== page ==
A Leader of Men (and Women)
Neil Pickford has a new job title.
Now then everyone, sit up straight because you’re not being addressed by just any old columnist this week. Oh no, you’re not even being addressed by any old virger either because, ladies and gentlemen, may I introduce you to the new Yorkshire Area Leader for the Church of England Guild of Vergers (silly spelling). Taraaaaaa!
Oh yes, it’s me, moi, myself and so forth, so I expect a little bit of respect now. It’s not just me, John and Kevin you’ll have to deal with in future, it’s the entire massed ranks of the signed-up members of the Guild as well. So look out.
Actually, in the cold light of day that’s not much of a threat. I suspect that one of the reasons I was nominated and chosen (apart from the lack of any other candidates) is that I was, by a reasonable margin, the youngest person in the room – and when you’re 56 that comes as a bit of a shock.
It’s a bit depressing really because, south of the river, there’s a few of the next generation to keep us going. I’ve just come back from the cathedral in Oxford (tiny place, much newer than Beverley Minster, a bit of an architectural mish-mash frankly) but their duty verger looked as if he’d just left college. I know of a youngish chap in Lincoln who sports a stylish ponytail like mine (or he did last time I saw him) and, of course, Westminster Abbey has one who will cartwheel down the aisle after a wedding if you want him to (and he spells ‘virger’ properly as well).
But here, in the York and Leeds branches of the guild? We have some sprightly 70-somethings; we have swinging Sixties and a few fit 50-ists, and that’s it. It’s as if we’re dying off – and that’s not right.
It’s not as though the skills we have learned over the years are redundant because whatever marvellous things modern technology can do it’s still somewhat lacking in the old shifting -stuff- around department.
The day that your telephone can programme vacuum cleaners to patrol the floors, semi-intelligent chairs walk to new positions in the nave and stack themselves, or visiting vicars learn how to operate the sound system is the day you can do without us. In fact the increase in the number of parishes having to share their priests with many others, combined with difficulties in finding new churchwardens who can also do a lot of the odd jobs, means the list of duties that may also fall on a rural virger (grass-cutting, brass-polishing, door-locking, heating expert, organist, parish administrator, first port of call for distressed parishioners or visitors, etc. etc.) keeps getting longer. And, frankly, no matter how splendid the centenarian who’s been doing the job for the last 80 years may be, they can’t go on forever.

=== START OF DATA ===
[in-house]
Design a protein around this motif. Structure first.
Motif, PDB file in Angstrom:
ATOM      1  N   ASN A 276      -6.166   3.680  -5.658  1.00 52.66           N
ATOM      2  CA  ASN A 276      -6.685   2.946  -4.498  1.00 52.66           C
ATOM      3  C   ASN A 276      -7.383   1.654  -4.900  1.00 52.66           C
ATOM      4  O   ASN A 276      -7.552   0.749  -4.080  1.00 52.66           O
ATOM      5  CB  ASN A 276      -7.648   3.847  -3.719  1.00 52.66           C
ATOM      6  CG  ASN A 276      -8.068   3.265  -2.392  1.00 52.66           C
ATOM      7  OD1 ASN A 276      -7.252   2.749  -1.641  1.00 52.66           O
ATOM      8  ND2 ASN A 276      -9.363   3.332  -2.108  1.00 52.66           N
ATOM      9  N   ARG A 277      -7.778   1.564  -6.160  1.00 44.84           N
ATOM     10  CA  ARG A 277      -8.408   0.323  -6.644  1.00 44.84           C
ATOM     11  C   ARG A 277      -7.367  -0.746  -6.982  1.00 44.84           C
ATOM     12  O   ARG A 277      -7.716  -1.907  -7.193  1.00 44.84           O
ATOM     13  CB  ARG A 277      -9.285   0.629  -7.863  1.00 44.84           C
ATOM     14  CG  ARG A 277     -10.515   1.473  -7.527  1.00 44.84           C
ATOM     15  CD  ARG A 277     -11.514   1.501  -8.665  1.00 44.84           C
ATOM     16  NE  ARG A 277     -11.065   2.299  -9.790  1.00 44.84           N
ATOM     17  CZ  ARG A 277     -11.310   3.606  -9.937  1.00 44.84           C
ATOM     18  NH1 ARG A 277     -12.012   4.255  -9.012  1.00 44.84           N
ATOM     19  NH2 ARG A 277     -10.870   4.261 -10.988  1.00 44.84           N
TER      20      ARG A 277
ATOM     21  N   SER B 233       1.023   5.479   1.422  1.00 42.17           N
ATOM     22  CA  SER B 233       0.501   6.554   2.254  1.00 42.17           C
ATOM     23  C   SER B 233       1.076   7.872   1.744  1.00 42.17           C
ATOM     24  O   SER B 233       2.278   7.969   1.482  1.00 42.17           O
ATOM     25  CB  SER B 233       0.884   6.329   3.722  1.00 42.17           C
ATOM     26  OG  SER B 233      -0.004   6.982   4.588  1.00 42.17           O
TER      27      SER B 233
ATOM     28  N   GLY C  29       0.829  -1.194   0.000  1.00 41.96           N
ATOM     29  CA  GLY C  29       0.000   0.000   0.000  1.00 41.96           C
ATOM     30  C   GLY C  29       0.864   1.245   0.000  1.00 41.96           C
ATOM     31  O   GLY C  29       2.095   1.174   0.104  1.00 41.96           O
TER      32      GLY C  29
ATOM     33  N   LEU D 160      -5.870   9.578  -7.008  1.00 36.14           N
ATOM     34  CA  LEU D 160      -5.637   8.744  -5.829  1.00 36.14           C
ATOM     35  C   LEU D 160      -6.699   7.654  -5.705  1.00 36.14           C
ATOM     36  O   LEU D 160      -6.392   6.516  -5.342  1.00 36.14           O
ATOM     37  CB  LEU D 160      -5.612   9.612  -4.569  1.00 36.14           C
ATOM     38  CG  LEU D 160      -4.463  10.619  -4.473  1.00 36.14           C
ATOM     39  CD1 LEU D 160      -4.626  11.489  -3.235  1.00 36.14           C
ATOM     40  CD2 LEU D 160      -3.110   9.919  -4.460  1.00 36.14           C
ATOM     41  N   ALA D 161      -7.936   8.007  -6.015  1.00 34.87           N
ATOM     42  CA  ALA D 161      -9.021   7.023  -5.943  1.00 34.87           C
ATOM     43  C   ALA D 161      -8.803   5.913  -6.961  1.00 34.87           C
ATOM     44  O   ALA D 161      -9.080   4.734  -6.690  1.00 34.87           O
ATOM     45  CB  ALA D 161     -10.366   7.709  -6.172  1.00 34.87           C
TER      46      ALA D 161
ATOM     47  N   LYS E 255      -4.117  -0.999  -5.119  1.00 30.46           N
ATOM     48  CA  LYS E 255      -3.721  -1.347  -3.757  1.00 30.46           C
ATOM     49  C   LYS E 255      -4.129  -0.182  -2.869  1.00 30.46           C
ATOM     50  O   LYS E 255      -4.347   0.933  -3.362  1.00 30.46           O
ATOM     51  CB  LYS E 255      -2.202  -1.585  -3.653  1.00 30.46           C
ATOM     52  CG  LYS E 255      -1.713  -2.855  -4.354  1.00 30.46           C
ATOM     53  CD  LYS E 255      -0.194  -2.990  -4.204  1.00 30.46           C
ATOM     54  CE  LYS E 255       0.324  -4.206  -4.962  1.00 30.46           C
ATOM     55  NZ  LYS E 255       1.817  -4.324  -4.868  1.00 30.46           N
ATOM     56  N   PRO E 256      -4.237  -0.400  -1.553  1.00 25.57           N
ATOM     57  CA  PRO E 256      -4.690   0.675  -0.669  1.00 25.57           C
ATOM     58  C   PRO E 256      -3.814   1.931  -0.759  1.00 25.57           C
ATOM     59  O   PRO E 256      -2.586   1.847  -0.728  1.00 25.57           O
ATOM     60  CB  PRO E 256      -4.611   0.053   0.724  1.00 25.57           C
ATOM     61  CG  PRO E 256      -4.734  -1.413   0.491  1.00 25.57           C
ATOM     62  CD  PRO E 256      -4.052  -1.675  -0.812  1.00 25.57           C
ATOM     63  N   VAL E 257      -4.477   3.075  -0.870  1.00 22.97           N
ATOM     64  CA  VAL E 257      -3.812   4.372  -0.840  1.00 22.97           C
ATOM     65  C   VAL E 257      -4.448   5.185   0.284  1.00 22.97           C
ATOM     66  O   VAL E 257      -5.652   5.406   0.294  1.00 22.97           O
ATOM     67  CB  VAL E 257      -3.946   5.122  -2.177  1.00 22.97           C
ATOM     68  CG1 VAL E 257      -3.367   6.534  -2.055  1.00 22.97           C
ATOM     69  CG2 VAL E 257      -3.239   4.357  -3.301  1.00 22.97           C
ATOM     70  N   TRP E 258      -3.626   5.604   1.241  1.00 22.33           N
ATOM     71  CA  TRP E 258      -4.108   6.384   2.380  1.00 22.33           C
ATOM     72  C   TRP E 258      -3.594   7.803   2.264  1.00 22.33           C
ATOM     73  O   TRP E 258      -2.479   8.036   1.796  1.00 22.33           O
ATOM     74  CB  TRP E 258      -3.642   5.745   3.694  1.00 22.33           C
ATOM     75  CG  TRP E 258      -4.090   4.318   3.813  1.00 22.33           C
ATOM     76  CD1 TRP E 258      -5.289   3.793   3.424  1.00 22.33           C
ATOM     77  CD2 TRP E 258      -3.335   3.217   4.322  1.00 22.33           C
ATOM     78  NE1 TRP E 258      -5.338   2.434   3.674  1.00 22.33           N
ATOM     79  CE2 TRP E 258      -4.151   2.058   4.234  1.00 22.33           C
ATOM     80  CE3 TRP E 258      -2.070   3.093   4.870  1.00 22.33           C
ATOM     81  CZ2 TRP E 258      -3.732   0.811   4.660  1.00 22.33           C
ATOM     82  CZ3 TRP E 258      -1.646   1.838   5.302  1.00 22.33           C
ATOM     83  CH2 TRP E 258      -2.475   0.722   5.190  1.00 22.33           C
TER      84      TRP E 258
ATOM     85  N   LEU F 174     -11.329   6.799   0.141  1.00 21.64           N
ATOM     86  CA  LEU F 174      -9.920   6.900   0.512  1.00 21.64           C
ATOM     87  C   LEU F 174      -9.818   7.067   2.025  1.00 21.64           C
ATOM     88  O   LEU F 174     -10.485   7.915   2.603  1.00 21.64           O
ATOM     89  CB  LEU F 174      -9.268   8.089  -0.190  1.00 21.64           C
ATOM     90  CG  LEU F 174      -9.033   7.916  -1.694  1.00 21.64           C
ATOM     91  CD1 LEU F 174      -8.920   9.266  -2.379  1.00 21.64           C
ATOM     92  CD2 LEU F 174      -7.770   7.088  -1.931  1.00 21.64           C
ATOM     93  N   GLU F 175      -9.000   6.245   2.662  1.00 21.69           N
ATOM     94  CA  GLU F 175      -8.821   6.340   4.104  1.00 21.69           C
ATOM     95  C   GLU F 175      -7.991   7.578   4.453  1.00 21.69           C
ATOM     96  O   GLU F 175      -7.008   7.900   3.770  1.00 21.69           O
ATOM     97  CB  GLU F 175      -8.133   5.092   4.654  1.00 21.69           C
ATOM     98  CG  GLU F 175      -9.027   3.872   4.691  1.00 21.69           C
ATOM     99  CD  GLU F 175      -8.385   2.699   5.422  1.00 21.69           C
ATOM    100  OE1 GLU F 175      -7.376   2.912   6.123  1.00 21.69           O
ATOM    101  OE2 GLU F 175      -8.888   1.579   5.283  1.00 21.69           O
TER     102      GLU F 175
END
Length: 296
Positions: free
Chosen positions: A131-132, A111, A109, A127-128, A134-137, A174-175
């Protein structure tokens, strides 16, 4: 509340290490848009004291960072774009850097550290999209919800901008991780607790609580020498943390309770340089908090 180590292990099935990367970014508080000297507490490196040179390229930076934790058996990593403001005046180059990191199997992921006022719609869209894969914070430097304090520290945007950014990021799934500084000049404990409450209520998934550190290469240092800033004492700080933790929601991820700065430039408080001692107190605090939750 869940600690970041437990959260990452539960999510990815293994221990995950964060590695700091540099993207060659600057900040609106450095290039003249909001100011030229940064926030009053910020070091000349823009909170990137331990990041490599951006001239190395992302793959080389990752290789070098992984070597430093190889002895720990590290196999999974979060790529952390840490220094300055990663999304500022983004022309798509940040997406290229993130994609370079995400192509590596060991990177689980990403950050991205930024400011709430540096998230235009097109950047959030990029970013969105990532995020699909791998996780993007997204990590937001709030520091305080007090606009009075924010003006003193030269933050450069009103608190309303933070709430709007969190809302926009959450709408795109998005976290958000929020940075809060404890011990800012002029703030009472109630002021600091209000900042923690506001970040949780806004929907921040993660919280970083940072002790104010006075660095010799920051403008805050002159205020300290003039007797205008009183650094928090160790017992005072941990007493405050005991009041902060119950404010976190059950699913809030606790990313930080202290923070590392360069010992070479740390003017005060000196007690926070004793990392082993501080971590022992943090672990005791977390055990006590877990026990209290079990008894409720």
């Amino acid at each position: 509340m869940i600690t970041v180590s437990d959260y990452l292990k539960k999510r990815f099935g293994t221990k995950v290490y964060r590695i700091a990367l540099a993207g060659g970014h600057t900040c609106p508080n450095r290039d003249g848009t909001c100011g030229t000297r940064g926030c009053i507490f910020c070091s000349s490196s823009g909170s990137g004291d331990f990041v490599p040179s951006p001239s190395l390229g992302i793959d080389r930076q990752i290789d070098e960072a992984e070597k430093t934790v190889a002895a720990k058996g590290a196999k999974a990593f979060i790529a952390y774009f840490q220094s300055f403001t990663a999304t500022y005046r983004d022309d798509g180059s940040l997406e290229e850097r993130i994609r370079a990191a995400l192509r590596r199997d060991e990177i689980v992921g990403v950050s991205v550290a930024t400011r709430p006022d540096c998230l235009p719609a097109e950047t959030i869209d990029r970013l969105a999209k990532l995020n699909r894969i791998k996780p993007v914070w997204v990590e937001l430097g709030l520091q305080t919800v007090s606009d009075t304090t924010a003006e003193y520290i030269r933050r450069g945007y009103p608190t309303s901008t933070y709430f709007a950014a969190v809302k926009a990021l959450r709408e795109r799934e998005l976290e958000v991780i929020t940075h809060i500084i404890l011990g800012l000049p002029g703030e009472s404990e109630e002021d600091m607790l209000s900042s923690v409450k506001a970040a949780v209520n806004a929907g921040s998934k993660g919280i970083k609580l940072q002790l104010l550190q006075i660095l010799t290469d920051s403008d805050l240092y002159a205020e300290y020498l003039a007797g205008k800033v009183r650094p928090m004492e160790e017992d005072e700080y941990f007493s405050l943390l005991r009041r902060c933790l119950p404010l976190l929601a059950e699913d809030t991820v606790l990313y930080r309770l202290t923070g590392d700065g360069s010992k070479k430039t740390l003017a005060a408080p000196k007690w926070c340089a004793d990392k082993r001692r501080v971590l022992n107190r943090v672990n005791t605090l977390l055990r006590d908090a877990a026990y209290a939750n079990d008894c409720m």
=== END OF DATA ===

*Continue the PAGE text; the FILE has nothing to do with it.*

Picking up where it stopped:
When they do finally ‘retire’ who is going to know where the lawn-mower is, let alone how to get the blessed thing going? Which pipes do you bang in the central heating to make that knocking noise go away? Where exactly was great grandma buried in the now-overgrown churchyard? Where are the keys to open the church and get the service going? Why hasn’t the electricity bill been paid? Does anyone know how to play an organ or at least hum in tune?
Why has the church been locked, empty and decaying for the last six months?
It’s not as if there aren’t younger people out there (younger people, ha! Anyone under 55 in our case) who would be willing to undertake these duties and keep old parish activities alive – but they’re not always living where the need is greatest.
So, as Area Leader (trumpets blow triumphant fanfare based on the Roy Wood song ‘Brontosaurus’, bio-degradable confetti pours from the sky, crowds cheer) I feel perhaps I have a vision – to create a cadre of young ‘flying virgers’ who can keep the old skills alive and rural churches in pristine operating condition. I shall lead us to glory!
And then I wake up and find that, in the Guild of Vergers, the word ‘leader’ means the same as the word ‘virger’ itself – i.e. ‘dogsbody’. Still, if someone feels moved to offer their services somewhere then please feel free to contact the York branch chairman, Richard Babington, on 01964 630263 to see if there’s a convenient hole to fill.
I’ll command him to be ready for you.